So yesterday I posted a rant in my Last.fm journal about Today by The Smashing Pumpkins being used in a Visa commercial, and how I was disturbed by that. I think my thoughts on that actually apply to fandom "coming out" to the public.
I finally truly understand the whole Fanlib.com fiasco and why that really bothered fans. It wasn't just an intellectual response to the problems Fanlib posed, it was an emotional backlash to someone commercializing something that has deep meaning to you. It's a betrayal of your feelings toward fanfiction and the movies and TV we love, and from that comes a deep mistrust that they will not handle your content responsibly. How could they, when they misunderstand on such a fundamental level that our thoughts and feelings should not be for sale? It's not just copyright issues; Fanlib wants to exploit the fact that the fans have strong emotional responses to fanfiction, like Visa wants to exploit my emotional response to Today. They want to make money, with no care at all for the fact that I actually have an opinion on the matter.
(For those that don't know what the whole FanLib fiasco is, read here, here, and here. I'm sure there's way more discussion out there, but I can't seem to find it right now.)
And now vidding is starting to be written up in the press; the signal is going out, as Laura Shapiro says. Can we control the spin the media might put on fandom and vidding, and prevent vids from becoming commercial entities to be used by The Man? Can we prevent them from being hijacked and used in a way that has no meaning for our fannish communities? According to this article at In Media Res it’s already being tried. I’ve previously been very excited at the prospect of vids gaining widespread acclaim because I want everyone to love them like I love them. But I’m starting to understand that even if we aren’t sued out of existence we could be manipulated and censored into something that doesn’t resemble us anymore. If vidding is no longer a rebellious act of irreverence and love and thought and emotion is it still worth watching and doing?
So I’m starting to appreciate more the OTW’s mission to prevent the commercialism of fannish works. If we the fans band together and actively create the kind of community we want and seek to protect it, there is a much higher chance that viding and other fan works will come through this series of changes with little to no destruction to our ideas and abilities. There are those who think the OTW will damage fandom by dragging us out into the spotlight, or by seeking to “speak for” and thus control the fans. (see Ethrosdemon’s post here) But we are already in the spotlight, and I sincerely don’t think the OTW can or will try to control fandom. To me they have demonstrated a willingness to work with everyone by accepting opinions and criticism and adjusting. And it can’t hurt to have someone on our side.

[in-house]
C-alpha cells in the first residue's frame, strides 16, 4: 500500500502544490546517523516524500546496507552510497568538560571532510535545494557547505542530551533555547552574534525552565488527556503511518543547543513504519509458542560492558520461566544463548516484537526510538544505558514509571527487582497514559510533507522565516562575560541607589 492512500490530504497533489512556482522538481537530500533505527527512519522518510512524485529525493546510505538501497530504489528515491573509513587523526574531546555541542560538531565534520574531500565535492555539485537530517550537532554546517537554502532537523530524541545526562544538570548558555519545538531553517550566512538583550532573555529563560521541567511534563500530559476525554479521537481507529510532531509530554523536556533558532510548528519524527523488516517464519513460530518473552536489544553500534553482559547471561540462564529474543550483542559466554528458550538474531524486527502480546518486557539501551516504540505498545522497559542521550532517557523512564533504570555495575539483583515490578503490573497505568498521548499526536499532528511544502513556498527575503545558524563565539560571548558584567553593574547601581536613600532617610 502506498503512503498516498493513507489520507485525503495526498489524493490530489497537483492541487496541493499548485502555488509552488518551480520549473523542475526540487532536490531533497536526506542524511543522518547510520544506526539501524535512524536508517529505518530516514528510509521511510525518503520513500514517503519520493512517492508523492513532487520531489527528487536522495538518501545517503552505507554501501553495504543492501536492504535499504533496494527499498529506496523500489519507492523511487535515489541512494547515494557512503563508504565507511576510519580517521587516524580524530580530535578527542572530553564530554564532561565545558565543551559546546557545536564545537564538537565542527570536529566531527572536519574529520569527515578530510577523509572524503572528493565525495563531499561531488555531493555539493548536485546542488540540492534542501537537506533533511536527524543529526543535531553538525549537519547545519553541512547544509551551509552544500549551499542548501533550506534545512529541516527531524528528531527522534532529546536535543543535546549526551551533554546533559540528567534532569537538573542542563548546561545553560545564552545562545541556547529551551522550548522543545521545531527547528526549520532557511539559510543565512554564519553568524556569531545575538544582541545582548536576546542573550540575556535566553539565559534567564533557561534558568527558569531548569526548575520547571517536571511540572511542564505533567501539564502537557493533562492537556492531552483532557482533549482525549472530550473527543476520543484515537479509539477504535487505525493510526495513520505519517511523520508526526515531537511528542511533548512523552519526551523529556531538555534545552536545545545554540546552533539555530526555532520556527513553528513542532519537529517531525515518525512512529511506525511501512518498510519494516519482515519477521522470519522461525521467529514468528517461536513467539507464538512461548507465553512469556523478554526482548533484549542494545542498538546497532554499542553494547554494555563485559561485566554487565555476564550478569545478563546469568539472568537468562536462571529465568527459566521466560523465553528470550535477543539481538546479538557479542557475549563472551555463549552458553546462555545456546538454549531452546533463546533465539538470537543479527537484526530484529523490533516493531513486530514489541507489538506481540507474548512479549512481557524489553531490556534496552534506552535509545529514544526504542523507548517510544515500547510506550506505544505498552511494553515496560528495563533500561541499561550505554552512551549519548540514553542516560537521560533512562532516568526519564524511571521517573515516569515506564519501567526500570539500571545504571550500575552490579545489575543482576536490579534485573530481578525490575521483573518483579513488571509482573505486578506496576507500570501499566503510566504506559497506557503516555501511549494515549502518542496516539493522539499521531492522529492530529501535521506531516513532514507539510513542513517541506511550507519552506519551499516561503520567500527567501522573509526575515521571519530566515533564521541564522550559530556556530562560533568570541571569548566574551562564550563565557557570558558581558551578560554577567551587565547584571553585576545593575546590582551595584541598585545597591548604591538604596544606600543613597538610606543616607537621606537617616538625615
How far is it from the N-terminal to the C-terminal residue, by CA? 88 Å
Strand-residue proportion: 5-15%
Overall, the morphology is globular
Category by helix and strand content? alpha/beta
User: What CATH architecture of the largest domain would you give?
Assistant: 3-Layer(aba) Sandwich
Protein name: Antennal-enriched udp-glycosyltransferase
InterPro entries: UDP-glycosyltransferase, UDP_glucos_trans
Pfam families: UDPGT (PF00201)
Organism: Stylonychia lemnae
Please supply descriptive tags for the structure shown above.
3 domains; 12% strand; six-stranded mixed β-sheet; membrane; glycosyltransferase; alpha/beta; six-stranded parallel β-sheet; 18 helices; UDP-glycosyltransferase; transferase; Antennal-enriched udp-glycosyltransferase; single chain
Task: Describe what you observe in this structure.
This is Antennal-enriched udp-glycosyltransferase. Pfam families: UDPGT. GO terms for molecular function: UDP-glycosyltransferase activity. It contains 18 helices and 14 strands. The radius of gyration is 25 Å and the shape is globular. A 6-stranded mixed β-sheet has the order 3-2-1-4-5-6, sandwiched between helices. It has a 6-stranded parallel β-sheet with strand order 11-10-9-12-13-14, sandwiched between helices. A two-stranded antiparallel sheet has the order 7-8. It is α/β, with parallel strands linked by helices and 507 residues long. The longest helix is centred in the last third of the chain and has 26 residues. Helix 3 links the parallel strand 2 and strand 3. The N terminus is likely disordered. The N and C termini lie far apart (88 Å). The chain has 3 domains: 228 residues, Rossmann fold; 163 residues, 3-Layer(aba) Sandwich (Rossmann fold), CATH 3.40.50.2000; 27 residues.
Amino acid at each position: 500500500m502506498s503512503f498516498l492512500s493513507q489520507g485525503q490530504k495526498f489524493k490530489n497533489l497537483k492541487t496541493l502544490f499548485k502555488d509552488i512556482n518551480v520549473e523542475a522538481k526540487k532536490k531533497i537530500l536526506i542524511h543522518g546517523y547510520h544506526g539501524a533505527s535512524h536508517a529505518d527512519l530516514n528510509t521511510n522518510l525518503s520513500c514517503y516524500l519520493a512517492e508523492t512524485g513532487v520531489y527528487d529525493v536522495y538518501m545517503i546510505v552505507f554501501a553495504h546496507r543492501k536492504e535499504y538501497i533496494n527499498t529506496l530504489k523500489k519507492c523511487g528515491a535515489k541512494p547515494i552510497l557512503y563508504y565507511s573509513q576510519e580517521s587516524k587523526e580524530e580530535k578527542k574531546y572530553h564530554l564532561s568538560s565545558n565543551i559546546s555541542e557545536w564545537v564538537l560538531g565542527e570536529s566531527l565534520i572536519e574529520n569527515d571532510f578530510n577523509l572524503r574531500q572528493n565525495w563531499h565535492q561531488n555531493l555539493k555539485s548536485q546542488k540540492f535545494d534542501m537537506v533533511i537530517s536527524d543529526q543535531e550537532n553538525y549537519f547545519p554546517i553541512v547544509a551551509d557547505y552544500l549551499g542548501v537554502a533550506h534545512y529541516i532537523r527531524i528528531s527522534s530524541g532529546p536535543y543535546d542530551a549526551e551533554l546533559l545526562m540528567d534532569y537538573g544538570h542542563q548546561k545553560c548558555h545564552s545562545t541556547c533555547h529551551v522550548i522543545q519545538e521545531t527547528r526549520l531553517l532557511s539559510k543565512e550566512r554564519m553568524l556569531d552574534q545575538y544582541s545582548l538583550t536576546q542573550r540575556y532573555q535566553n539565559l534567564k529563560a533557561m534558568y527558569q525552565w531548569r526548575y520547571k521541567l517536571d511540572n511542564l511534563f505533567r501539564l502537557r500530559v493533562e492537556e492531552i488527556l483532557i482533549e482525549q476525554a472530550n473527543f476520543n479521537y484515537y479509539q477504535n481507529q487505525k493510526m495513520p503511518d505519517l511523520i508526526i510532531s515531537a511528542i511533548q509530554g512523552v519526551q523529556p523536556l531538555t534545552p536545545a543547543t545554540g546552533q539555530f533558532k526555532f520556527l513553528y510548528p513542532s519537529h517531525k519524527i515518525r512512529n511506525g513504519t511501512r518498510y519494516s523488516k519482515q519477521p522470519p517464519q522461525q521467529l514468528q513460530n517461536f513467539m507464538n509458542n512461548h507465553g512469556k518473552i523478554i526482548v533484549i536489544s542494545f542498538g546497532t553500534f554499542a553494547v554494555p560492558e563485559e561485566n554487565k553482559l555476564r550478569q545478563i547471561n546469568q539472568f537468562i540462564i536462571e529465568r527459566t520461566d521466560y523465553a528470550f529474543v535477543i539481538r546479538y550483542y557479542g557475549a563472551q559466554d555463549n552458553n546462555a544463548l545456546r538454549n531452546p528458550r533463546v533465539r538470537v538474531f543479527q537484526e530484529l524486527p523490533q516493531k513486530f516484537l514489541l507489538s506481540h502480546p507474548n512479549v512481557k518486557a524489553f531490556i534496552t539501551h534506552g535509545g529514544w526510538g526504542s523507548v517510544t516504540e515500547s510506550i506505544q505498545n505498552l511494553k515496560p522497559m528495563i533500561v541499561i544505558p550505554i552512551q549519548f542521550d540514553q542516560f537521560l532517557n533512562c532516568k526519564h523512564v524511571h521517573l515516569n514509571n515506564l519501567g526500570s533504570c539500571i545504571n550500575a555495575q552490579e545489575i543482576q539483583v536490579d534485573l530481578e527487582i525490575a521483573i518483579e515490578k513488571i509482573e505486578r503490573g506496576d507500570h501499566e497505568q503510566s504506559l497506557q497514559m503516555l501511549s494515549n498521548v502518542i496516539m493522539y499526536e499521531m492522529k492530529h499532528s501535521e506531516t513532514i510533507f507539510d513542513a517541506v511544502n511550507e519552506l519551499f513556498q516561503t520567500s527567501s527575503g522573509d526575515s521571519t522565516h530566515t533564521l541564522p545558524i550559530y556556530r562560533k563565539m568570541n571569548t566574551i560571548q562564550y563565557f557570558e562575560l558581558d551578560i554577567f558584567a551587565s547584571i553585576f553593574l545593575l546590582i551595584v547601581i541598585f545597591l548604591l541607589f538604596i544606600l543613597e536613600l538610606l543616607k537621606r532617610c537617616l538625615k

But vidding and commercialism already coexist to some degree. Many of the movies and TV shows we vid are highly publicized and are created to be commercially viable. The advertisers use any and all means to capture our interest and wallets, including using popular songs in their commercials and in their content, creating fan spaces on their websites, and going so far as to have “mash up” contests for the fans. And yet we the fans continue to have deep emotional responses to these shows and movies. The commercialism does not negate our feelings in these cases, so why shouldn’t the same be true for music?
Perhaps because we go into movies or TV shows with upfront knowledge of the commercial aspect and make the conscious choice to ignore it, but when I bought Mellon Collie and the Infinite Sadness it was new and raw and meaningful. It’s only later that the meaning of the music changed with this commercial, a change that I had no choice in making. And maybe that’s the difference: choice. If I choose to take a movie that’s mainstream and commercial, like 300, and dig deeper meaning out of it by vidding, then I end up with something that I’m happy with. If I show it to you but you don’t like it, well that’s fine. That’s your choice, but it doesn’t negate my enjoyment of the vid. In an environment of choice I don’t have to like everything, and that fact doesn’t bother me.
So maybe that’s the lesson to apply to music. Billy Corgan can do whatever he wants to with his song. It is his song, after all. My feelings and thoughts on the song are not negated by his commercial choices. Does that mean I’m selling out my personal meaning of the song by accepting his commercialism? I don’t know, but I still love the song.